When an amortization schedule includes rounding, the last payment usually has to be changed to make up the difference and bring the balance to zero. This might be done by changing the Payment Amount or by changing the Interest Amount. Changing the Payment Amount makes more sense to me, and is the approach I use in my spreadsheets. So, depending on how your lender decides to handle the rounding, you may see slight differences between this spreadsheet, your specific payment schedule, or an online loan amortization calculator.

### Extra Payments

With this template, it is really quite simple to handle arbitrary **extra payments** (prepayments or additional payments on the principal). You simply add the extra payment to the amount of principal that is paid that period. For fixed-rate loans, this reduces the **balance** and the **overall interest**, and can help you **pay off your loan early**. But, the normal payment remains the same (except for the last payment required to bring the balance to zero - see below).

This spreadsheet assumes that the extra payment goes into effect on the payment due date. *There is no guarantee that this is how your lender handles the extra payment!* However, this approach makes the calculations simpler than prorating the interest.

### Zero Balance

One of the challenges of creating a schedule that accounts
for rounding and extra payments is adjusting the final payment to bring the
balance to zero. In this spreadsheet, the formula in the *Payment Due* column checks
the last balance to see if a payment adjustment is needed. In words, this is how the payment is calculated:

If you are on your last payment or the normal payment is greater than (1+*rate*)**balance*, then pay (1+*rate*)**balance*, otherwise make the normal payment.

### Payment Type

The "payment type" option lets you choose whether payments are made at the beginning of the period or end of the period. Normally, payments are made at the end of the period. If you choose the "beginning of period" option, no interest is paid in the first payment, and the Payment amount will be slightly different. You may need to change this option if you are trying to match the spreadsheet up with a schedule that you received from your lender. This spreadsheet doesn't handle prorated or "per diem" periods that are sometimes used in the first and last payments.

## Loan Payment Schedule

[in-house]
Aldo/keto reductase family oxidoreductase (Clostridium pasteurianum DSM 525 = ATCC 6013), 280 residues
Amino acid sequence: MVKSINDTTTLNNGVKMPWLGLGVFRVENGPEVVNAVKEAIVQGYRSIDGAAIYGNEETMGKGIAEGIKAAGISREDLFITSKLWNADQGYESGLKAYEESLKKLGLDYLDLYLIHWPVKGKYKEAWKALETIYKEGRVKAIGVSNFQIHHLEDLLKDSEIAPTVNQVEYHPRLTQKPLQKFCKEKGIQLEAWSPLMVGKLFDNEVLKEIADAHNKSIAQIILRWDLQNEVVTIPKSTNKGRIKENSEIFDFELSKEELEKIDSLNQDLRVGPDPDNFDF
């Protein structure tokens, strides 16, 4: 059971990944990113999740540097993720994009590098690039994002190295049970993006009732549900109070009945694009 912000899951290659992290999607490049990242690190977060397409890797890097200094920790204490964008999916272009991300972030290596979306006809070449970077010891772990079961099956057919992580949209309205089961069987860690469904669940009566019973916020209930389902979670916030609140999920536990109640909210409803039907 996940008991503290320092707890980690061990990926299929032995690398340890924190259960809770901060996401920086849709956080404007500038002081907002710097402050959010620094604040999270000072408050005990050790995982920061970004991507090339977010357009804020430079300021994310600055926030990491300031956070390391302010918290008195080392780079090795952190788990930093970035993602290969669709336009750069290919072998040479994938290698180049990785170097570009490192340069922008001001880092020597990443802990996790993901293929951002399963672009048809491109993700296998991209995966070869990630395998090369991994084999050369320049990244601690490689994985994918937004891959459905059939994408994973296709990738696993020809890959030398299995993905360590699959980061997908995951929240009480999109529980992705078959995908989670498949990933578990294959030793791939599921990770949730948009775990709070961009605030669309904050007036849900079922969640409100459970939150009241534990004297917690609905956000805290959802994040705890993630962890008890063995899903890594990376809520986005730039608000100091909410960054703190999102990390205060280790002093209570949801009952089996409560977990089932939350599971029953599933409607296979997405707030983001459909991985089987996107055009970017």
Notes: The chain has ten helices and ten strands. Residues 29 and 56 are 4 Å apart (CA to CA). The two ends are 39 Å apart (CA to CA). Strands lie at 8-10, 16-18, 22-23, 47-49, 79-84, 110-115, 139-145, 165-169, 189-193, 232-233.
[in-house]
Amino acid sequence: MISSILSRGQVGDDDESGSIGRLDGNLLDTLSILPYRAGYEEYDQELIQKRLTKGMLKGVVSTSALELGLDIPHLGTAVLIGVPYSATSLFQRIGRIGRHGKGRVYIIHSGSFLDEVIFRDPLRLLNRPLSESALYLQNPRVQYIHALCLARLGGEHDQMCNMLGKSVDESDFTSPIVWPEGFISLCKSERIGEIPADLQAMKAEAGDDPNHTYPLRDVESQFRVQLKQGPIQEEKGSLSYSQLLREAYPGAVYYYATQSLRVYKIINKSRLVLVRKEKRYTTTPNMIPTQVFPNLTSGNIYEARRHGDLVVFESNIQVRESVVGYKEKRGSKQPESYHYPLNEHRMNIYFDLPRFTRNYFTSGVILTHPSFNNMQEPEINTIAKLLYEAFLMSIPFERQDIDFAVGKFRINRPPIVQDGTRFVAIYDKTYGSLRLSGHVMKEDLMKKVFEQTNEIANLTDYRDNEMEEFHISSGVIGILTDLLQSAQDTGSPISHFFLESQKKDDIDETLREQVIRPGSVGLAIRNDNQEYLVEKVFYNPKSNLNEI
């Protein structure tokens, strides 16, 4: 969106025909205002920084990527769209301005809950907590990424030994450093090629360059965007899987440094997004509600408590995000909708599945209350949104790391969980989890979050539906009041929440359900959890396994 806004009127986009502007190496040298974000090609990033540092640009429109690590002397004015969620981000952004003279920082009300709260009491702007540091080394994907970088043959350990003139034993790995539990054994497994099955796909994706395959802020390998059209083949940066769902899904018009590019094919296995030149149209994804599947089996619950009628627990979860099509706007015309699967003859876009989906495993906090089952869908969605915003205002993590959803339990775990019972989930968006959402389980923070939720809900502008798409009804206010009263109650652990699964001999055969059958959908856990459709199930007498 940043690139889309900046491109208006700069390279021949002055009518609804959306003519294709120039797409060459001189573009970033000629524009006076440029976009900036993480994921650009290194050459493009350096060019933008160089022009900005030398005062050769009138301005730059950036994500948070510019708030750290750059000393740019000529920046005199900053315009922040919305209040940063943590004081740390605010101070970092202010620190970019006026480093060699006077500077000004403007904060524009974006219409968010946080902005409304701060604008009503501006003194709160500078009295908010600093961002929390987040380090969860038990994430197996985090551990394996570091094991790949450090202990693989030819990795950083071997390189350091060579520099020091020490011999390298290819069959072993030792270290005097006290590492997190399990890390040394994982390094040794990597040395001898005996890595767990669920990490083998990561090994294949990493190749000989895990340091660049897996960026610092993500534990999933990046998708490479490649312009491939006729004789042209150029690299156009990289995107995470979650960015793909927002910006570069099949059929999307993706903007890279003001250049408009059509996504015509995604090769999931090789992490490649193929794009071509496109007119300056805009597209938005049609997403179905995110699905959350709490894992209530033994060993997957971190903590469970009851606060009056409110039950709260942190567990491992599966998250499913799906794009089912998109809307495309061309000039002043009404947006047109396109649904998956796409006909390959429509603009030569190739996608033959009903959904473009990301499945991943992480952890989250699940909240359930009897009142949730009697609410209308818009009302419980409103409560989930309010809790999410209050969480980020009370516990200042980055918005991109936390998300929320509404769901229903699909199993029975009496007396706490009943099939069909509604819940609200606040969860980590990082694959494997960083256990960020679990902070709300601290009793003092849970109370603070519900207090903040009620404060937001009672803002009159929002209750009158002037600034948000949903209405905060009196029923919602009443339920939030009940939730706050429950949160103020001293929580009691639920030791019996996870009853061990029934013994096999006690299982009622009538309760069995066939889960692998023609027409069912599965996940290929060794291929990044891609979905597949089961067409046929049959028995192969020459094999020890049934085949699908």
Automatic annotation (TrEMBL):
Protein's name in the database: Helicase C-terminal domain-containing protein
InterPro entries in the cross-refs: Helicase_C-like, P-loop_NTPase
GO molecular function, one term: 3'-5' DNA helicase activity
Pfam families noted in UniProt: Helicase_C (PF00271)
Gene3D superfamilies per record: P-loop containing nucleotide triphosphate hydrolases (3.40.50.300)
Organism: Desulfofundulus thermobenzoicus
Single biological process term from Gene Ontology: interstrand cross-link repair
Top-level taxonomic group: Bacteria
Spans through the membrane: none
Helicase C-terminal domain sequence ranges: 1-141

One way to account for extra payments is to record the **additional** payment. This
spreadsheet includes a second worksheet (the Loan Payment Schedule) that allows you to record the **actual** payment instead. (Just in case you find that more convenient.) For example, if the monthly payment is $300, but you pay $425, you can either record this as an *additional* $125, or use the Loan Payment Schedule worksheet to record the *actual* payment of $425.

## Commentary

- 6/9/2014: New Loan Payment Schedule in Beta - Based on frequent requests for a more advanced loan payment tracker, we're experimenting with providing a new spreadsheet - see Bonus #4 above.
- 7/2/2013: Avoid Payday Loans - People in need of fast cash are often tempted by Payday loans but they should be avoided at all costs! Payday loan fees and interest rates are higher than all other sources of lending, and they can trap you in a vicious cycle of repeat borrowing to pay off previous payday loans. Look for other sources of money if you must borrow.
- 6/6/2013: Student Loan Refinancing - It used to be much easier to consolidate or refinance student loans than it is today. If you meet income requirements, Federal student loans can often be refinanced with a lower interest rate, but for individuals who are earning higher income or who carry private student loans – the options are much more limited than they used to be.
- 5/22/2013: Understanding Amortization Calculation - The process of paying off a mortgage or loan that includes both a principal balance and interest payments. A free online amortization calculator will let you see what different payment frequencies mean for paying off your debt.

## More Amortization Info

- Amortization Calculator (web-based)
- Amortization Formula
- Simple Interest Amortization
- Auto Loan Amortization Calculator
- Balloon Payment Loan Calculator
- Extra Payment Mortgage Calculator
- Home Equity Loan Amortization Schedule
- ARM Loan Calculator
- Amortization Formulas in Excel
- Home Ownership Expense Calculator

### References

- Amortization Schedule at
*wikipedia.com* - Extra Payments at
*mtgprofessor.com* - Compound Interest at
*wikipedia.com*